Questions & Answers

Matthew Henry's Commentary on the Whole Bible

 (Matthew Henry died in 1721)

     Since our Q&A response to a question about The Lord's Day has raised many new questions -- and since Andy and I are not theologians (just servants of God who pray that He will use us to share His Truth) -- we have added these notes from Matthew Henry's respected Commentary.




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The Sabbath: Saturday, Sunday or every day?

"I, John, both your brother and  companion in the tribulation and  kingdom and patience of Jesus Christ, was on the island that is called Patmos for the word of God and for the testimony of Jesus Christ.  I was in the Spirit on  the Lordís Day, and I heard behind me aa loud voice, as of a trumpet, saying, 'I am the Alpha and the Omega, the First and the Last.'Ē Revelation 1:9

Commentary: 3. The day and time in which he had this vision: it was the Lordís day, the day which Christ had separated and set apart for himself, as the eucharist is called the Lordís supper. Surely this can be no other than the Christian Sabbath, the first day of the week, to be observed in remembrance of the resurrection of Christ. Let us who call him our Lord honour him on his own day, the day which the Lord hath made and in which we ought to rejoice.

4. The frame that his [John's] soul was in at this time: He was in the Spirit. He was not only in a rapture when he received the vision, but before he received it; he was in a serious, heavenly, spiritual frame, under the blessed gracious influences of the Spirit of God. God usually prepares the souls of his people for uncommon manifestations of himself, by the quickening sanctifying influences of his good Spirit. Those who would enjoy communion with God on the Lordís day must endeavour to abstract their thoughts and affections from flesh and fleshly things, and be wholly taken up with things of a spiritual nature."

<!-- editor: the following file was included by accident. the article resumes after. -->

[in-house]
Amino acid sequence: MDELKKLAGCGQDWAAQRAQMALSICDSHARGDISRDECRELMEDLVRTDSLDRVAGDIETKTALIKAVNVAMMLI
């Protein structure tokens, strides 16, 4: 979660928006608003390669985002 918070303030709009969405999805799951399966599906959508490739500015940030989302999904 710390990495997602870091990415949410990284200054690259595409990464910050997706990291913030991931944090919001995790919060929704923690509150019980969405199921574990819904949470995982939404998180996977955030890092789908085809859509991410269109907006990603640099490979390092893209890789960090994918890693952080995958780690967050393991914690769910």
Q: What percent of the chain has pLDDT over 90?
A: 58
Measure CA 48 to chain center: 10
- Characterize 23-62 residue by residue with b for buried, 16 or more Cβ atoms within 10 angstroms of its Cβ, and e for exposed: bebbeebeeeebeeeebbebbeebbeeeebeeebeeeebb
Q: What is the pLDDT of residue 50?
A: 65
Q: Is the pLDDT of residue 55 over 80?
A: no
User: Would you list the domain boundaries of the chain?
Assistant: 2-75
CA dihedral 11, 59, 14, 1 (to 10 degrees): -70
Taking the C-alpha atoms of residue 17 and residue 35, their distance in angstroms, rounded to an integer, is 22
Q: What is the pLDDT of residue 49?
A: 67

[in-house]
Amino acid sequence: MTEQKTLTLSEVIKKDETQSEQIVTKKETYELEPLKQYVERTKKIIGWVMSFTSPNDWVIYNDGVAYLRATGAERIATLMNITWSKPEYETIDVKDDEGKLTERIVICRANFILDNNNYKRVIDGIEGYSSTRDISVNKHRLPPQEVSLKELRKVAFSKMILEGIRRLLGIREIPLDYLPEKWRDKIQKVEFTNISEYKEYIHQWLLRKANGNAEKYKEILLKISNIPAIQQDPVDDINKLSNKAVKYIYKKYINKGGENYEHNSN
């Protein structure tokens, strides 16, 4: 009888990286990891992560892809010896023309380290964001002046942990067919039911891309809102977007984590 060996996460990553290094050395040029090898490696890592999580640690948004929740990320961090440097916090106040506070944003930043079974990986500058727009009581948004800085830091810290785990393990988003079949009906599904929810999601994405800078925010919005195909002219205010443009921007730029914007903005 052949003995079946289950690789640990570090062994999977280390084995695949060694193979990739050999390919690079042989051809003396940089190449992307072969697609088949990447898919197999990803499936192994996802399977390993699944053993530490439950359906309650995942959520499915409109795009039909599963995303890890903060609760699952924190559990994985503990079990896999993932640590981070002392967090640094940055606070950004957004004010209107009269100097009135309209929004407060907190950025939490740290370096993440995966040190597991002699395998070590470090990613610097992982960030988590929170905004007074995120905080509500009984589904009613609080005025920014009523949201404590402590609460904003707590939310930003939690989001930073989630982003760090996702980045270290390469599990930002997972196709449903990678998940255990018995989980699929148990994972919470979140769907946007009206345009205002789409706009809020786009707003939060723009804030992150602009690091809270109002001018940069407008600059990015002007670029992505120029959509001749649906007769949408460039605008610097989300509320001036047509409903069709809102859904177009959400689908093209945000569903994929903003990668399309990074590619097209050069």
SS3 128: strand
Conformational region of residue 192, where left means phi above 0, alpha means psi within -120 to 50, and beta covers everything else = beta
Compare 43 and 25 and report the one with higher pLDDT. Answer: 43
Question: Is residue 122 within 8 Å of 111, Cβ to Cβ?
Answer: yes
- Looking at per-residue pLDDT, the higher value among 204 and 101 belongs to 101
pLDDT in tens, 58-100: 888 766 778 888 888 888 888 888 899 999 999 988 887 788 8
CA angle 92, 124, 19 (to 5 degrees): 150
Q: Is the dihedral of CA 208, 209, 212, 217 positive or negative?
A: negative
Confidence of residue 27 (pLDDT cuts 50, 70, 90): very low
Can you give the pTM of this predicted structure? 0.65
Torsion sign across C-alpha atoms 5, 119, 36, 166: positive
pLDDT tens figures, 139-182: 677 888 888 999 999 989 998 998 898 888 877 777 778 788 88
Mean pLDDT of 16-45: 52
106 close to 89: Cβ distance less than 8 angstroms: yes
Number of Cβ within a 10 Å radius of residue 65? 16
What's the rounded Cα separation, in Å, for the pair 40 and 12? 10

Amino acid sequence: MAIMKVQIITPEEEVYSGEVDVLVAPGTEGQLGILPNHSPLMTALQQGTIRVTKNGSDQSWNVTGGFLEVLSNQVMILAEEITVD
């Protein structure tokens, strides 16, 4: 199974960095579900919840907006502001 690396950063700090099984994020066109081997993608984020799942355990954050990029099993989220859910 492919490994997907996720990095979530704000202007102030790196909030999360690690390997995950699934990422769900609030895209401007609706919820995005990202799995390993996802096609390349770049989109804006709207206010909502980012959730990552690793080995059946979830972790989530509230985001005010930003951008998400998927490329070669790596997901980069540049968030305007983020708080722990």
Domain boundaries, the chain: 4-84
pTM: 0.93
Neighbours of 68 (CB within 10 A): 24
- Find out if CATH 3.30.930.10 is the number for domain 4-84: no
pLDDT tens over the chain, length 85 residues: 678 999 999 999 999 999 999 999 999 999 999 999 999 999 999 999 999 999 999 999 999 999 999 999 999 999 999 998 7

"Now it happened on the second Sabbath after the first that He went through the grainfields. And His disciples plucked the heads of grain and ate them, rubbing them in their hands.  And some of the Pharisees said to them, ďWhy are you doing what is not lawful to do on the Sabbath?Ē
        But Jesus answering them said, ďHave you not even read this, what David did when he was hungry, he and those who were with him: how he went into the house of God, took and ate the showbread, and also gave some to those with him, which is not lawful for any but the priests to eat?Ē And He said to them, ďThe Son of Man is also Lord of the Sabbath.Ē  Luke 6:1-5

Commentary: The Son of man is Lord also of the Sabbath. In the kingdom of the Redeemer, the Sabbath day is to be turned into a Lordís day; the property of it is, in some respects, to be altered, and it is to be observed chiefly in honour of the Redeemer, as it had been before in honour of the Creator, Jer. 16:14, 15. In token of this, it shall not only have a new name, the Lordís day (yet not forgetting the old, for it is a Sabbath of rest still) but shall be transferred to a new day, the first day of the week."

"...He said to them, 'Have you never read what David did when he was in need and hungry, he and those with him: how he went into the house of God in the days of Abiathar the high priest, and ate the showbread, which is not lawful to eat except for the priests, and also gave some to those who were with him?'
      "And He said to them, 'The Sabbath was made for man, and not man for the Sabbath. Therefore the Son of Man is also Lord of the Sabbath.Ē Mark 2:25-28